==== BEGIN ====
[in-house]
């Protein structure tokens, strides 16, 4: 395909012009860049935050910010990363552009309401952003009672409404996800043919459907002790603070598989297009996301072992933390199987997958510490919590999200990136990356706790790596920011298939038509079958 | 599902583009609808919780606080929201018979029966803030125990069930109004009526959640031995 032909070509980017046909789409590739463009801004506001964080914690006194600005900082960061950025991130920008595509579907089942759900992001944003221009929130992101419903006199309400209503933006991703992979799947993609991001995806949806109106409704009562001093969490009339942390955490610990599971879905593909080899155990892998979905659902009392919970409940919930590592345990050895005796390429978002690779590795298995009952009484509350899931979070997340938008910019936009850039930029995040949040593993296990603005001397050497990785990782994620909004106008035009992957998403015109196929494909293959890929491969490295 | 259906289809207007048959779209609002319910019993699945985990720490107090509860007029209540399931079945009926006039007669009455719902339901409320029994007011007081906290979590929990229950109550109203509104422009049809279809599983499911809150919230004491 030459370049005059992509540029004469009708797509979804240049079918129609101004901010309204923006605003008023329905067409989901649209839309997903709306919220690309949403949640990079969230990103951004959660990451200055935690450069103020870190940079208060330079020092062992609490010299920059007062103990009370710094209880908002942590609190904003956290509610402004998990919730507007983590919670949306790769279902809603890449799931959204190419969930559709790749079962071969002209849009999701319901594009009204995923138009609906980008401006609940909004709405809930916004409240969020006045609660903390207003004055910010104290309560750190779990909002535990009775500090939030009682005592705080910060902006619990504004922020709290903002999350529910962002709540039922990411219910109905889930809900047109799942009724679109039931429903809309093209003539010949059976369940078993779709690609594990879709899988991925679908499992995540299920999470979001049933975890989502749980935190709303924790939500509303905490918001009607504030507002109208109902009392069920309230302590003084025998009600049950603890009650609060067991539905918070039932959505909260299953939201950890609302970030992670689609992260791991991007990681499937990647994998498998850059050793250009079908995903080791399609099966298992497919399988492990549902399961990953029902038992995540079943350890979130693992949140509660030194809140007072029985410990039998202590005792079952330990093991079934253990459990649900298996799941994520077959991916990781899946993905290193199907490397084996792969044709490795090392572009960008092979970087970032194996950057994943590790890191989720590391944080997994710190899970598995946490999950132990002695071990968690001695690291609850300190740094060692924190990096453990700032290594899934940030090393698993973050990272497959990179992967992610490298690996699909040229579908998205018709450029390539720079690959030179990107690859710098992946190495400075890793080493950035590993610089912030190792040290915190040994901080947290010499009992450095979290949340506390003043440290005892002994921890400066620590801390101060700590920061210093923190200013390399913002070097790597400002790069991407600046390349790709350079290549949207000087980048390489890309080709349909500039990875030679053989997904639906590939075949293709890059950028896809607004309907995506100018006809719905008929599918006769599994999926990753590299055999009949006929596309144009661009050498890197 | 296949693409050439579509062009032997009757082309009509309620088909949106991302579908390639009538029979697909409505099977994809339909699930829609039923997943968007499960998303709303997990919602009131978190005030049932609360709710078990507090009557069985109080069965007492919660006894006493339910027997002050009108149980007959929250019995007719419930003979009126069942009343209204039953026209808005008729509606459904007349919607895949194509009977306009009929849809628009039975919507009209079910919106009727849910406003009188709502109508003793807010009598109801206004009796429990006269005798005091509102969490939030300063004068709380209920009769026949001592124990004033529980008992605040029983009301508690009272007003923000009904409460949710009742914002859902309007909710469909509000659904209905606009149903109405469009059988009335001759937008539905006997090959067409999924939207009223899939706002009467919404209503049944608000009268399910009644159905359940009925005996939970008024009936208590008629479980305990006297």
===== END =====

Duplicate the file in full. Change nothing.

[in-house]
């Protein structure tokens, strides 16, 4: 395909012009860049935050910010990363552009309401952003009672409404996800043919459907002790603070598989297009996301072992933390199987997958510490919590999200990136990356706790790596920011298939038509079958 | 599902583009609808919780606080929201018979029966803030125990069930109004009526959640031995 032909070509980017046909789409590739463009801004506001964080914690006194600005900082960061950025991130920008595509579907089942759900992001944003221009929130992101419903006199309400209503933006991703992979799947993609991001995806949806109106409704009562001093969490009339942390955490610990599971879905593909080899155990892998979905659902009392919970409940919930590592345990050895005796390429978002690779590795298995009952009484509350899931979070997340938008910019936009850039930029995040949040593993296990603005001397050497990785990782994620909004106008035009992957998403015109196929494909293959890929491969490295 | 259906289809207007048959779209609002319910019993699945985990720490107090509860007029209540399931079945009926006039007669009455719902339901409320029994007011007081906290979590929990229950109550109203509104422009049809279809599983499911809150919230004491 030459370049005059992509540029004469009708797509979804240049079918129609101004901010309204923006605003008023329905067409989901649209839309997903709306919220690309949403949640990079969230990103951004959660990451200055935690450069103020870190940079208060330079020092062992609490010299920059007062103990009370710094209880908002942590609190904003956290509610402004998990919730507007983590919670949306790769279902809603890449799931959204190419969930559709790749079962071969002209849009999701319901594009009204995923138009609906980008401006609940909004709405809930916004409240969020006045609660903390207003004055910010104290309560750190779990909002535990009775500090939030009682005592705080910060902006619990504004922020709290903002999350529910962002709540039922990411219910109905889930809900047109799942009724679109039931429903809309093209003539010949059976369940078993779709690609594990879709899988991925679908499992995540299920999470979001049933975890989502749980935190709303924790939500509303905490918001009607504030507002109208109902009392069920309230302590003084025998009600049950603890009650609060067991539905918070039932959505909260299953939201950890609302970030992670689609992260791991991007990681499937990647994998498998850059050793250009079908995903080791399609099966298992497919399988492990549902399961990953029902038992995540079943350890979130693992949140509660030194809140007072029985410990039998202590005792079952330990093991079934253990459990649900298996799941994520077959991916990781899946993905290193199907490397084996792969044709490795090392572009960008092979970087970032194996950057994943590790890191989720590391944080997994710190899970598995946490999950132990002695071990968690001695690291609850300190740094060692924190990096453990700032290594899934940030090393698993973050990272497959990179992967992610490298690996699909040229579908998205018709450029390539720079690959030179990107690859710098992946190495400075890793080493950035590993610089912030190792040290915190040994901080947290010499009992450095979290949340506390003043440290005892002994921890400066620590801390101060700590920061210093923190200013390399913002070097790597400002790069991407600046390349790709350079290549949207000087980048390489890309080709349909500039990875030679053989997904639906590939075949293709890059950028896809607004309907995506100018006809719905008929599918006769599994999926990753590299055999009949006929596309144009661009050498890197 | 296949693409050439579509062009032997009757082309009509309620088909949106991302579908390639009538029979697909409505099977994809339909699930829609039923997943968007499960998303709303997990919602009131978190005030049932609360709710078990507090009557069985109080069965007492919660006894006493339910027997002050009108149980007959929250019995007719419930003979009126069942009343209204039953026209808005008729509606459904007349919607895949194509009977306009009929849809628009039975919507009209079910919106009727849910406003009188709502109508003793807010009598109801206004009796429990006269005798005091509102969490939030300063004068709380209920009769026949001592124990004033529980008992605040029983009301508690009272007003923000009904409460949710009742914002859902309007909710469909509000659904209905606009149903109405469009059988009335001759937008539905006997090959067409999924939207009223899939706002009467919404209503049944608000009268399910009644159905359940009925005996939970008024009936208590008629479980305990006297």